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Since debuting about four years ago, ultrawide monitors have perched at the premium end of the display market. Whether you’re going for a flat or curved ultrawide, prices haven’t come down since we first saw these screens. They remain popular with gamers and creatives, with some top models still costing $1,000 or more.
However, with the LG 34WQ73A-B, you’re getting an ultrawide monitor, with all the features you’d like on any premium display, minus the premium price of some competitors. At 34 inches, it’s reasonably compact for a 21:9 monitor, but it still offers a good deal of space for opening multiple apps side-by-side, enjoying immersive games, or watching movies.
The pixel count is a bit low compared to other high-end 21:9 screens. However, its pixel density is the same as most 27-inch, Full HD 16:9 screens, but with some extra real estate.
The 34WQ73A-B also has plenty of performance credibility with a 60Hz refresh rate, Dynamic Action Sync, and built-in KVM. Most significantly, it sells for under $500.
Design and Features
We’re pleased that LG uses a flexible, adjustable stand, and paired with a lighter weight this is an incredibly easy monitor to move around. It’s as compact as it can realistically be, so you can push it back quite far on your desk, and it offers adjustment of tilt and height, but it doesn’t have swivel adjustment.
When we reviewed the LG 34WQ73A-B in November 2022, we had issues with scanty connectivity, especially the lack of USB ports. With the 34WQ73A-B, LG is offering well-rounded connectivity including a USB-C port, two USB 3.1 ports, two HDMI inputs, a DisplayPort, and a headphone jack as well as a power input. The connections are all rear-facing and high on the monitor’s back, making them easy to reach during installation.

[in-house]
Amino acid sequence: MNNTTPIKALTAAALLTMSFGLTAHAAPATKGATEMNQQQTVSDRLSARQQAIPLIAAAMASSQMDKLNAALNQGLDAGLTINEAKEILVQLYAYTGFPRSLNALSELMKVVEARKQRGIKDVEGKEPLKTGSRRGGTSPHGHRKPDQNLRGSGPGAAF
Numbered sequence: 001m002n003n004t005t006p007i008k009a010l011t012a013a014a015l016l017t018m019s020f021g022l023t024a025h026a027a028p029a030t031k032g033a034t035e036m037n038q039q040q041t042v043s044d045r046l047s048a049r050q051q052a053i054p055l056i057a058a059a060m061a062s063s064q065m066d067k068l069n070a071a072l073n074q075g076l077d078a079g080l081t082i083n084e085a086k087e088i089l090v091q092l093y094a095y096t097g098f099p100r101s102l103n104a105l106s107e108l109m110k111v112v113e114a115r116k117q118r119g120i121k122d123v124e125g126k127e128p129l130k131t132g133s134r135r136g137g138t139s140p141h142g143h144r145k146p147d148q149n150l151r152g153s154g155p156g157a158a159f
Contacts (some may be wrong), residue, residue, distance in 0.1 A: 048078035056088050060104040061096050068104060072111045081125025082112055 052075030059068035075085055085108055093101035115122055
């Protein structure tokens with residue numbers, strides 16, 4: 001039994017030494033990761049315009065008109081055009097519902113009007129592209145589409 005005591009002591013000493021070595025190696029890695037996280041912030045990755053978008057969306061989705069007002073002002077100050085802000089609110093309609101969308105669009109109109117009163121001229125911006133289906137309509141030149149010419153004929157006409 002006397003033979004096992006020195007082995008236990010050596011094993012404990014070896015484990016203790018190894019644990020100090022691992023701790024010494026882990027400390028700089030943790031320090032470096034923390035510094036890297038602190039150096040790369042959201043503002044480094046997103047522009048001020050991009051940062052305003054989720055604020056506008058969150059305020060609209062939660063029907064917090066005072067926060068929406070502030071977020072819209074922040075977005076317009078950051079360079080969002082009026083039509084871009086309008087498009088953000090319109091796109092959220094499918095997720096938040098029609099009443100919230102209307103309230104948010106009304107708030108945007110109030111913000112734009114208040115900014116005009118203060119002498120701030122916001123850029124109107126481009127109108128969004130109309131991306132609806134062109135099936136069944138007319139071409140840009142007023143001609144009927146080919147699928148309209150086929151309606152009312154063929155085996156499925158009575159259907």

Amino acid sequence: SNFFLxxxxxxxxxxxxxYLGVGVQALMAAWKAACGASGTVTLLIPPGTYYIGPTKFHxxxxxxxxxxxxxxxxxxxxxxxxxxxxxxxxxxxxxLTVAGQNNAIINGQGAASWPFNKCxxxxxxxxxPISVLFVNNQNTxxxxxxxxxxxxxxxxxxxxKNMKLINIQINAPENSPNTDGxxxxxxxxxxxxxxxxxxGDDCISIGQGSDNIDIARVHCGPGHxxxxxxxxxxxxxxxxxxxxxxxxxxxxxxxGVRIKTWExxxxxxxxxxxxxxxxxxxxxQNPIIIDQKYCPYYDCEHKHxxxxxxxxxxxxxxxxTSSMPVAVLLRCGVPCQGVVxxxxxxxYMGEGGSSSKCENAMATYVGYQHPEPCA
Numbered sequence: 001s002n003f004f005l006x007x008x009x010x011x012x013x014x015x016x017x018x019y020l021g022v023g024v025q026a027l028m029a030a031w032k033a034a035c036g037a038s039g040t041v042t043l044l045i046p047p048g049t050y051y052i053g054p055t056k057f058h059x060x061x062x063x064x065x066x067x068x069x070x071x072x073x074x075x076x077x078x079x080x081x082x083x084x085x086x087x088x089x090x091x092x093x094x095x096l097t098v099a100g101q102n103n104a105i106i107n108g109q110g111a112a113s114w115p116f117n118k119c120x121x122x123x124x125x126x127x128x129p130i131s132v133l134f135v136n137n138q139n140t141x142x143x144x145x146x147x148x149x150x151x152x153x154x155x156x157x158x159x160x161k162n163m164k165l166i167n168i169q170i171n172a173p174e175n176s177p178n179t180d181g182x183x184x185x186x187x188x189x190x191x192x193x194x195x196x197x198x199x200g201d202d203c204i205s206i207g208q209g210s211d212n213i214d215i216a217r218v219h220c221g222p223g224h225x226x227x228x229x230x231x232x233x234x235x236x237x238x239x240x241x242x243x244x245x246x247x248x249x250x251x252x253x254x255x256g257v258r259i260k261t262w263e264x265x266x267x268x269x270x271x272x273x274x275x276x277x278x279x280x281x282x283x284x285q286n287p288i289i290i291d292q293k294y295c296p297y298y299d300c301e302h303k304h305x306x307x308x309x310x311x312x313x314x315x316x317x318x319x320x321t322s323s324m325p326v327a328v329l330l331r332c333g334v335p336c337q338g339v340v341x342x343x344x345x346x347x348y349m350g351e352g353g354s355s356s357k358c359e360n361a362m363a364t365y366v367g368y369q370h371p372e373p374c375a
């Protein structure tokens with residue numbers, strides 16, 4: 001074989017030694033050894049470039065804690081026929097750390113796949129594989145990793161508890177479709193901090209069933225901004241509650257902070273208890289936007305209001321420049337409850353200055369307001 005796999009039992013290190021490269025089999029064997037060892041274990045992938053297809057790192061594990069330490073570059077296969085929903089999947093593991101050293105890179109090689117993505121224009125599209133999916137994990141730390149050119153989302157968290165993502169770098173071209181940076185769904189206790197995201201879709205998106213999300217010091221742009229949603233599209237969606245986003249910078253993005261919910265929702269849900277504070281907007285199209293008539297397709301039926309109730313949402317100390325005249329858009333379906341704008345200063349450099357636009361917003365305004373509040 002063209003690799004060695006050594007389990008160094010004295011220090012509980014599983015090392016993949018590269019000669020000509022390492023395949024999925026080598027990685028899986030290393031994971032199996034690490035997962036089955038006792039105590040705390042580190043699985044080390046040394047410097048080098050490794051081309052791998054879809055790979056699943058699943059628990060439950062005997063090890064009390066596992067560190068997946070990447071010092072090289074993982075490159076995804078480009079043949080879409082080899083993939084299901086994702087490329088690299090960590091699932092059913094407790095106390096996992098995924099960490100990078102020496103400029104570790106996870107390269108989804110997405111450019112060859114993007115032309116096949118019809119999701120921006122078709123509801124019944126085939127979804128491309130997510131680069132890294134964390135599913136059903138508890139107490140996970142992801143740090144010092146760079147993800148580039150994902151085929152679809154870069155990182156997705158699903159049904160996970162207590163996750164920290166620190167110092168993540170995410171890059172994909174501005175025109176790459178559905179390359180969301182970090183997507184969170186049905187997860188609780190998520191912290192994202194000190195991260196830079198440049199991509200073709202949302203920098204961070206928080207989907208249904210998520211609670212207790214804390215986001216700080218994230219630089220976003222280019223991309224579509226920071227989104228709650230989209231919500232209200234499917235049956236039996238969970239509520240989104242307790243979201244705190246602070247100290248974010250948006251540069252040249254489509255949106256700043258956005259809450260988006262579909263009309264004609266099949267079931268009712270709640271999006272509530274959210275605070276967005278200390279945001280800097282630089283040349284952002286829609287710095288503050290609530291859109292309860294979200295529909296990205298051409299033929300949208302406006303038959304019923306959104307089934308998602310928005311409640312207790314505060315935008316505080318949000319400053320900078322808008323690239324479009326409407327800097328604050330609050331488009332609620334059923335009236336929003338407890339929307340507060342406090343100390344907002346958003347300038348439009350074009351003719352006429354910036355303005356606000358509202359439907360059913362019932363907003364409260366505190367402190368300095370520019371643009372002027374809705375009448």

LG doesn’t supply a ports cover, instead relying on its supplied black cables to blend in which is useful if you’re thinking of using this monitor in front of the house. That all-black theme extends to the external power supply too.
While IPS monitors have been a recommendable option traditionally, LG opts for VA technology on some of its ultrawide monitors, but the LG 34WQ73A-B is using an IPS panel, which offers better viewing angles. It has a 99% sRGB color gamut coverage, and with the 3-sided virtually borderless design, it will look great on any desk.
The pair of built-in 7W speakers produce a surprising amount of bass, along with clean highs that are never harsh, even at maximum volume. While an external system or headphones can sound better, these are some of the best built-in speakers we’ve heard on a monitor.
The LG 34WP65C-B has a 21:9 aspect ratio, which is practically more useful than taller 4K screens, with the extra width being better for films, and it provides extra screen real estate for working. If you ever wanted a screen for work gaming, this one has its credentials in order, with immersive scenes on modern titles. What makes it better is the fact that it has more room to maneuver in FPS titles, and even the fastest games benefit.
Its predecessor, the LG 34UC79G-B has a resolution of 2,560 x 1,080 and a 21:9 aspect ratio, and at release, we loved it for those features. Things get better on the newer iteration. This 21:9 panel has a resolution of 3,440 x 1,440, which is the same resolution as its rivals like the Samsung C34F791 and Acer Predator x34, which cost almost double.
The UW QHD resolution of 3,440 x 1,440 pixels has its pros and cons. For instance, with the 21:9 aspect ratio, the screen can deliver a rich pixel density of about 110 PPI (Pixels Per Inch). This is arguably the sweet spot between big-screen real estate and picture detail, meaning you’ll have both plenty of workspace as well as crisp and vivid visuals.
Most movies are shot at the native aspect ratio of 21:9, so you’ll be able to enjoy your favorite shows and movies on the screen. The same aspect ratio is supported by lots of games, but you’ll have to do with a black bar at the sides or stretched visuals on certain games. To be safe, first check the basic game requirements before purchasing, although we can guarantee that a number supports a 21:9 aspect ratio.